offsite link Of the Week? Sat May 18, 2013 00:02 | namawinelake

offsite link Noonan denies IBRC legal fees loan approval to Paddy McKillen was in breach of E... Fri May 17, 2013 14:23 | namawinelake

offsite link Gayle Killilea Dunne asks to be added as notice party in Sean Dunne?s bankruptcy Fri May 17, 2013 12:30 | namawinelake

NAMA Wine Lake >>

MediaBite
A shot at bias in the media

offsite link Separating the News from the Noise Thu Apr 04, 2013 21:14

offsite link Blessed with nothing but good intentions Fri Feb 22, 2013 18:04

offsite link The Household Charge - How They Failed to Shape Our Perspectives Wed Apr 25, 2012 10:48

offsite link The web's political rainbow Wed Dec 07, 2011 09:47

offsite link The Forgotten Constituency: The Majority and The Irish Economic Crisis Fri Mar 11, 2011 11:49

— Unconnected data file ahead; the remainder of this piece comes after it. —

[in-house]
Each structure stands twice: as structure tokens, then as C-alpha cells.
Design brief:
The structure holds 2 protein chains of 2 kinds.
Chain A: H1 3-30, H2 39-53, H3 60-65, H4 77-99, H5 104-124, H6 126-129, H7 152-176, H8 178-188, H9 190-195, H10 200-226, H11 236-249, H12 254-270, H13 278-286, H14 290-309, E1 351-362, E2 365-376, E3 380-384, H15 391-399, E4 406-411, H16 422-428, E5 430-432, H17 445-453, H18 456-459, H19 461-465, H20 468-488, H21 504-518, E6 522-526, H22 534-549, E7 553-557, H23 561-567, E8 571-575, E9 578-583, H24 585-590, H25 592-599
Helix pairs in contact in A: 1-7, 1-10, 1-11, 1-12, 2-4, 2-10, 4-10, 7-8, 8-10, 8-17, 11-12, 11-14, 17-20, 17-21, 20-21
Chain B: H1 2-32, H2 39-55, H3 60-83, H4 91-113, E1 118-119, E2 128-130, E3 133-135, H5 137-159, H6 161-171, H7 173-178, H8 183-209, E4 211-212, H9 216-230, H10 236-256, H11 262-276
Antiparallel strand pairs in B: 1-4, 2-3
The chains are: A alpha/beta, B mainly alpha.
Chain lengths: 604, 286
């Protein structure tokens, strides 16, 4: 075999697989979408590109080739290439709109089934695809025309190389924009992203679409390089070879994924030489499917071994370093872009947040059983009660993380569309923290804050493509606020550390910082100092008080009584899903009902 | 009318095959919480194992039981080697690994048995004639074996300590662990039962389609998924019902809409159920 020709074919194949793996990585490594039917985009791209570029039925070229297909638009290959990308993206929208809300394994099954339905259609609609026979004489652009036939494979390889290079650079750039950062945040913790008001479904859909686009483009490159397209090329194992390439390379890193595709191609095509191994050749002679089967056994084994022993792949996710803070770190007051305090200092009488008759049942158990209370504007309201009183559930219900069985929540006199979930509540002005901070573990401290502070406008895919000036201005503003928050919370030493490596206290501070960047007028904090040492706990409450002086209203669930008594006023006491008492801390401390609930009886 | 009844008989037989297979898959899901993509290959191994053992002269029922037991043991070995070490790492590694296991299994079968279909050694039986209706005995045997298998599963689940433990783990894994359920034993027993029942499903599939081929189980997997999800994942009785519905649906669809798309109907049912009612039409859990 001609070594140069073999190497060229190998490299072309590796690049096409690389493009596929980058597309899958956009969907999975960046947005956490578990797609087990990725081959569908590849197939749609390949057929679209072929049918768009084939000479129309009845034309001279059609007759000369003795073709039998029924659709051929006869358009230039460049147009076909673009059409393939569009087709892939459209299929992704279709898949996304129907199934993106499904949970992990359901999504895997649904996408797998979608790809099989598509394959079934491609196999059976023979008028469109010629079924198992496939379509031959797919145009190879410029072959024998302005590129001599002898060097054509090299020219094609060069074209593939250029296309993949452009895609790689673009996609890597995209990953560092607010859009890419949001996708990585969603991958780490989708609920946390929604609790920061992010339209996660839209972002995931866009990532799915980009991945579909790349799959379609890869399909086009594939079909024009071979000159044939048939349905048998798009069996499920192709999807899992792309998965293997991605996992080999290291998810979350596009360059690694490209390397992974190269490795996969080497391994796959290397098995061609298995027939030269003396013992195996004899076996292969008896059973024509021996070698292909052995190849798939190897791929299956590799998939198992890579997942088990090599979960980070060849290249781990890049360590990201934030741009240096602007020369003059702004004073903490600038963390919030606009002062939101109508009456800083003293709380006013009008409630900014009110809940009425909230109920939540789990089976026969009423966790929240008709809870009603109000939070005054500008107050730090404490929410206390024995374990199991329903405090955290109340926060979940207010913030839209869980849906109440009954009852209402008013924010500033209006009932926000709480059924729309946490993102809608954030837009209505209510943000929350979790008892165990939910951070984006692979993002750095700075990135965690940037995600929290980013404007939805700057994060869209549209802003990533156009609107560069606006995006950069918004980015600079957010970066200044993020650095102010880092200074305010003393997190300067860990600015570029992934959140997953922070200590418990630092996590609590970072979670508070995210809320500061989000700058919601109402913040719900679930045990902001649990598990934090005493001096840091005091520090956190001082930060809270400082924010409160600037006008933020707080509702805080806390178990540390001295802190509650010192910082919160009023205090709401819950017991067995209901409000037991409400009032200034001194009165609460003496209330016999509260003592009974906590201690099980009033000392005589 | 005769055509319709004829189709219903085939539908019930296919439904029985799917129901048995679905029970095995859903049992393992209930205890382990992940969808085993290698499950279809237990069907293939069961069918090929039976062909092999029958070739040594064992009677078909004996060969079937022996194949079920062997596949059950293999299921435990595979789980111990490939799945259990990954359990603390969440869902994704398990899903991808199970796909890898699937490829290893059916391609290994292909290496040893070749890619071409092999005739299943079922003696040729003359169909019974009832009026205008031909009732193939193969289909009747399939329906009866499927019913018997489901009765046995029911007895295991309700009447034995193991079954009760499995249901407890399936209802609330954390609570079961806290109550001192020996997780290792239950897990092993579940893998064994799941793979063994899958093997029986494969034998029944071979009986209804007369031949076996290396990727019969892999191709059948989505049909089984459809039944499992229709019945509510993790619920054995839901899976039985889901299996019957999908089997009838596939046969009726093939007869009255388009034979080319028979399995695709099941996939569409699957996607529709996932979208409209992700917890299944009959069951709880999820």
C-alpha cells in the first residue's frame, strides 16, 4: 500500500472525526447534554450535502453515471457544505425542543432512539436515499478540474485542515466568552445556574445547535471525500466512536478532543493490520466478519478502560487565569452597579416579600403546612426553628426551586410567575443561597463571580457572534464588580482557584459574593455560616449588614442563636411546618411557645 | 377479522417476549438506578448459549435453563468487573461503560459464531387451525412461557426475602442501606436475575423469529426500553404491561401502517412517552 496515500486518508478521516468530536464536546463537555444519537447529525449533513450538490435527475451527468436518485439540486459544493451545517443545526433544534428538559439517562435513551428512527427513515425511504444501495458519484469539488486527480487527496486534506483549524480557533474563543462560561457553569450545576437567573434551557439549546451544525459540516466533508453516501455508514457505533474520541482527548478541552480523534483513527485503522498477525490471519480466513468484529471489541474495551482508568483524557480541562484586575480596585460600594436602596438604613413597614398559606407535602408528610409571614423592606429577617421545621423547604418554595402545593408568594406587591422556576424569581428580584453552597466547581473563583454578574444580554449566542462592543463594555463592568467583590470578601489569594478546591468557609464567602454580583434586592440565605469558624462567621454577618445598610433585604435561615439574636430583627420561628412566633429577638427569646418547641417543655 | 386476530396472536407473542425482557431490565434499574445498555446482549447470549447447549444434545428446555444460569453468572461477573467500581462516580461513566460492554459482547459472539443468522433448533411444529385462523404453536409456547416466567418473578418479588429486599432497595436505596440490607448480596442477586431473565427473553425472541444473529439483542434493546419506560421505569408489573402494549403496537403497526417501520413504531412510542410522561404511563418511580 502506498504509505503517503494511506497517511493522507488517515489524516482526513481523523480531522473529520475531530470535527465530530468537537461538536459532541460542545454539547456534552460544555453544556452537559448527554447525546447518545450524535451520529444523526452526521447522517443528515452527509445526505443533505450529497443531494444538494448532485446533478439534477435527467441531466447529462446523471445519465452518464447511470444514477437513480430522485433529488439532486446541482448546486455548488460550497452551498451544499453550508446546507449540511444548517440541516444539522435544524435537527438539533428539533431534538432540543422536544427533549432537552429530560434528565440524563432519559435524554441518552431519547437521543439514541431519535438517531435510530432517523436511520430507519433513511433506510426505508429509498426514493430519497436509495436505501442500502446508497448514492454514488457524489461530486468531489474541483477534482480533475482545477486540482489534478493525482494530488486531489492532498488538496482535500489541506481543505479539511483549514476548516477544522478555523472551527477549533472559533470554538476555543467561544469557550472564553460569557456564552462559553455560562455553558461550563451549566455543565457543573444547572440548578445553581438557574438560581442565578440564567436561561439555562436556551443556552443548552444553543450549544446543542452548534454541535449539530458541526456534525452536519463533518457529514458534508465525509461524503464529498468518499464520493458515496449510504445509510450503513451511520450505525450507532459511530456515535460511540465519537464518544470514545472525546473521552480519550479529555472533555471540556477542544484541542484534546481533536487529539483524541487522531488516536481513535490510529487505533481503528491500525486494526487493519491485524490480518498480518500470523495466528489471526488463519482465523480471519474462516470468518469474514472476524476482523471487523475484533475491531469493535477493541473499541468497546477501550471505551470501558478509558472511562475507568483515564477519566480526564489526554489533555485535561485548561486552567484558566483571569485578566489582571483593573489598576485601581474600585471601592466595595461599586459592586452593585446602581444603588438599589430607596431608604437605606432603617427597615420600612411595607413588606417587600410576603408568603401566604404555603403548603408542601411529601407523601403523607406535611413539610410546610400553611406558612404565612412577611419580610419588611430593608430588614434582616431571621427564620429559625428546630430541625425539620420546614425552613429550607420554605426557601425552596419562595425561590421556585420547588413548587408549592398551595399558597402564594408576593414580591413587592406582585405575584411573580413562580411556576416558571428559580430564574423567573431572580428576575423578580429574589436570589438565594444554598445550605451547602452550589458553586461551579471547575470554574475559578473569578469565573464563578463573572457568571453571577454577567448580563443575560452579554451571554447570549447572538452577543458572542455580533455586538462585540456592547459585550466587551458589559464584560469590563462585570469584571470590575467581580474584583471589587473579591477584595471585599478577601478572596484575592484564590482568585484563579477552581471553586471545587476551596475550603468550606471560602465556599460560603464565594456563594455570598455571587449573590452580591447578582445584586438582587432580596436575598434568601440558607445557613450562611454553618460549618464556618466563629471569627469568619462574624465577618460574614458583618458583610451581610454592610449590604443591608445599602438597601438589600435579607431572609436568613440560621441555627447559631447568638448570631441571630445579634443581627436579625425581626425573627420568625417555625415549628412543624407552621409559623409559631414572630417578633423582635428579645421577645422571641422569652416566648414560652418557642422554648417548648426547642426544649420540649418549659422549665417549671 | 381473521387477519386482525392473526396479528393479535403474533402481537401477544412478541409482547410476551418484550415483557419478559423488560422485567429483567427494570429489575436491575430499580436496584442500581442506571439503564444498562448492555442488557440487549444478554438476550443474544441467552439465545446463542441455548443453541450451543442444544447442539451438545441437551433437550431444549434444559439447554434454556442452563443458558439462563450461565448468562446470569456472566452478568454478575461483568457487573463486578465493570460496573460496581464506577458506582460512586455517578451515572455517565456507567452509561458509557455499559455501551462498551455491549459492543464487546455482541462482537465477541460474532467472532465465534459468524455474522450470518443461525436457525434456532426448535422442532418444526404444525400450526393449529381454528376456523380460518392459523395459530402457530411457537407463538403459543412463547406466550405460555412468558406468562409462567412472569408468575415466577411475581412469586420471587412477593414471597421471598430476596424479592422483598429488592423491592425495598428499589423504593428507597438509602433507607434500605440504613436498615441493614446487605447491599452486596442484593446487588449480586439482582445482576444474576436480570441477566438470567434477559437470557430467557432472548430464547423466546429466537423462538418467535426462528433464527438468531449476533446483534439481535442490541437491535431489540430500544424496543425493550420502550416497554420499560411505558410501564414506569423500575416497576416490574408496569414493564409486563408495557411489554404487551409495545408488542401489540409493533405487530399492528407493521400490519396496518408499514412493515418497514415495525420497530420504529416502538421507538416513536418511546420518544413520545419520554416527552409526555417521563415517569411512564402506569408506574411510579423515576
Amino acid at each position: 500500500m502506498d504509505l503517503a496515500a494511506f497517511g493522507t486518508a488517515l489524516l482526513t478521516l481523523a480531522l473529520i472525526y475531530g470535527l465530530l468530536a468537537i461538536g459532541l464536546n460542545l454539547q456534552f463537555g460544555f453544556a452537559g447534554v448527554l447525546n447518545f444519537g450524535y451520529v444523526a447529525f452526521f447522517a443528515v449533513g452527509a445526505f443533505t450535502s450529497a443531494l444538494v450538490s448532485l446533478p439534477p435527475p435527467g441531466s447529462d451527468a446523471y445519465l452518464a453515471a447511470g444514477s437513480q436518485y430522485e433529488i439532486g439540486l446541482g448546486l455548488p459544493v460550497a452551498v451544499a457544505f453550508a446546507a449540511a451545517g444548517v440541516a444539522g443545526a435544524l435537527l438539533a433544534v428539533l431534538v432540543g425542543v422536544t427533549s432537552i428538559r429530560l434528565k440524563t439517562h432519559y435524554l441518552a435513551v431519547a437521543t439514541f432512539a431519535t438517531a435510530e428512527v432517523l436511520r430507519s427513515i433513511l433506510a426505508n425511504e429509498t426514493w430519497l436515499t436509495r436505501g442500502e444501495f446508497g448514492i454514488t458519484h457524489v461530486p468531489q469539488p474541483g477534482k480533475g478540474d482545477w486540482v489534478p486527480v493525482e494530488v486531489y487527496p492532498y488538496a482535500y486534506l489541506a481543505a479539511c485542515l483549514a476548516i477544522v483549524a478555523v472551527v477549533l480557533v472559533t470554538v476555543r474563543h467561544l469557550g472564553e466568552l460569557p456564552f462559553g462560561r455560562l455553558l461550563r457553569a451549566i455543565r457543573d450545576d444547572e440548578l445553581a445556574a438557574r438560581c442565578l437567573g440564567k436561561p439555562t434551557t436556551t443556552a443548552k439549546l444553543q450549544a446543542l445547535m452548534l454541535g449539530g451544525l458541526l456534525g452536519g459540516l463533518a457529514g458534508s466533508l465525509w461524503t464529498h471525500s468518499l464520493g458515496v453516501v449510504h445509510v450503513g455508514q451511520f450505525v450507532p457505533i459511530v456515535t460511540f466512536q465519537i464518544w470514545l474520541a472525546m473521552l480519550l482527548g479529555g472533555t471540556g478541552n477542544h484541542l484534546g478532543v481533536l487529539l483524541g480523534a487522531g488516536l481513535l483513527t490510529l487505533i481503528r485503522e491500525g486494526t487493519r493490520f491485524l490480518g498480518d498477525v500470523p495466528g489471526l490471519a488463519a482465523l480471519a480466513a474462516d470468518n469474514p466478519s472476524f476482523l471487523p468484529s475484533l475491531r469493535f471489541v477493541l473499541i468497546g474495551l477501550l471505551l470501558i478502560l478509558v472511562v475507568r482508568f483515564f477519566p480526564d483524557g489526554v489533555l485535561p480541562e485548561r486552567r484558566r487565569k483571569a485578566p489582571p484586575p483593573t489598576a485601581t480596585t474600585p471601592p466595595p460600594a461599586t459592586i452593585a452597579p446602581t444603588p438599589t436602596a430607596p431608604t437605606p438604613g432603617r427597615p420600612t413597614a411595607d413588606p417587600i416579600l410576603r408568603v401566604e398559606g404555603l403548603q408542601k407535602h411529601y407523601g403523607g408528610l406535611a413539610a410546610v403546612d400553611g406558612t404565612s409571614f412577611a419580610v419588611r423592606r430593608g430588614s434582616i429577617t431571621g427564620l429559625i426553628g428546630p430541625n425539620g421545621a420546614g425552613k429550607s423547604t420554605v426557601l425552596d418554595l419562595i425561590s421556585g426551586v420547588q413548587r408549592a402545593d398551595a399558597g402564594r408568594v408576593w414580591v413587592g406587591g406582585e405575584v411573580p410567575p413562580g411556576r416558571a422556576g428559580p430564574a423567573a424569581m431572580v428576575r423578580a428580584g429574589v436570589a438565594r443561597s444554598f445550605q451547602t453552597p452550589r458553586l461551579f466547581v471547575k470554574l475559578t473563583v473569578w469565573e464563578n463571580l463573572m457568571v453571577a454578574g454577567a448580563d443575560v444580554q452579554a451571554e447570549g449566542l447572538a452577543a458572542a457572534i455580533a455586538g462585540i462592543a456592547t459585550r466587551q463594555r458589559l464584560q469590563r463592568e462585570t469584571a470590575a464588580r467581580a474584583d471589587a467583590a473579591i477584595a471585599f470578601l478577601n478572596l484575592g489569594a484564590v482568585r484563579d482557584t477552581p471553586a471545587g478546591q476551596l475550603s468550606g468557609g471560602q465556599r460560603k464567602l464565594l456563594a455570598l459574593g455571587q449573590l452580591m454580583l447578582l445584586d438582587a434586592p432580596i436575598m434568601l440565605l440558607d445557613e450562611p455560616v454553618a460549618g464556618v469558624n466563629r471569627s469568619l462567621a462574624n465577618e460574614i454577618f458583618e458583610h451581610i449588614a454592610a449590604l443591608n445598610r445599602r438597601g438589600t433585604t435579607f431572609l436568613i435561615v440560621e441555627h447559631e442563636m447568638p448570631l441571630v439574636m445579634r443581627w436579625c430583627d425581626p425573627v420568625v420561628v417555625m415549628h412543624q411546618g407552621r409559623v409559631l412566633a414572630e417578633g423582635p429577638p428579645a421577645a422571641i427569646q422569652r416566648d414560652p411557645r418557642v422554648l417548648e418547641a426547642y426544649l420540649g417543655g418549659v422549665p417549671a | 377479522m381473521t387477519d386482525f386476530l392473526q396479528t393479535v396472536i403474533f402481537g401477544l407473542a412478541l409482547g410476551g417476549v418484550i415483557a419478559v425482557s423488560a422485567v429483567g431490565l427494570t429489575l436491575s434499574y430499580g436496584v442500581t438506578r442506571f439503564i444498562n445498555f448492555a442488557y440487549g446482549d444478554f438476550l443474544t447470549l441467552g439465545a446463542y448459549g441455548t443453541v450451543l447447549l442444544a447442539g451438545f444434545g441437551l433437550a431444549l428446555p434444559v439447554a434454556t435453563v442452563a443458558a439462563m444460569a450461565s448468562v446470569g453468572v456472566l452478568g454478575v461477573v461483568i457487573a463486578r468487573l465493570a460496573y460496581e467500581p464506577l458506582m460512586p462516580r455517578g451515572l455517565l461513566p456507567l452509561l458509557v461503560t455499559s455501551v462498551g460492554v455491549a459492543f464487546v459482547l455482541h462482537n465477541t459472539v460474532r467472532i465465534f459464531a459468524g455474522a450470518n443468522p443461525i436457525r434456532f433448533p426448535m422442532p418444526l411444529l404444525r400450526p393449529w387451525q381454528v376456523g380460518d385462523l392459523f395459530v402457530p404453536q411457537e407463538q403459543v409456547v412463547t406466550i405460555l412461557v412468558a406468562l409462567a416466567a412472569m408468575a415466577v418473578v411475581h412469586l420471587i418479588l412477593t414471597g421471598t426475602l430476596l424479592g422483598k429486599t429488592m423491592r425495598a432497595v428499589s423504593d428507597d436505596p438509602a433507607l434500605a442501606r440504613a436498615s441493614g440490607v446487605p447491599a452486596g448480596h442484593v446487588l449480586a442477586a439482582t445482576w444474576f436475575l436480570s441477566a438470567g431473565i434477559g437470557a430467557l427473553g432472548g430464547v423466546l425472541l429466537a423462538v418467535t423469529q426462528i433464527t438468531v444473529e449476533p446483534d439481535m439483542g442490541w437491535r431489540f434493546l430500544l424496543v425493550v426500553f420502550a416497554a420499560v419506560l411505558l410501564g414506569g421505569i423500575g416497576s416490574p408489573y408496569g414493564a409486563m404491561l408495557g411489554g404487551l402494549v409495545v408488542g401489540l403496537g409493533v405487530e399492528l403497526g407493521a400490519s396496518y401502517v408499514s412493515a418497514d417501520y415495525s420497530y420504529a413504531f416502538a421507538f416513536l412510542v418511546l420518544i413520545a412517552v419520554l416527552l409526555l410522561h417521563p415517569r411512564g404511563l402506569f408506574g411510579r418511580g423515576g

MediaBite >>

Neo-Luddism - a future based on simplicity

category international | anti-capitalism | opinion/analysis author Thursday November 01, 2012 12:12author by Luke Eastwood Report this post to the editors

Why technology is NOT going to solve all our problems

People who have asked me about Neo-Luddism often assume that I am completely anti technology, but that is not the case. Like the original Luddites, I am opposed to the use of technology to dis-empower and impoverish people and I am also opposed to the abuse of technology simply to make profit or to kill (sometimes it’s both).

We have had technology for a long time, some would consider the stick, a flint hand axe or fire as the first technology; hence to be opposed to technology per se is somewhat disingenuous.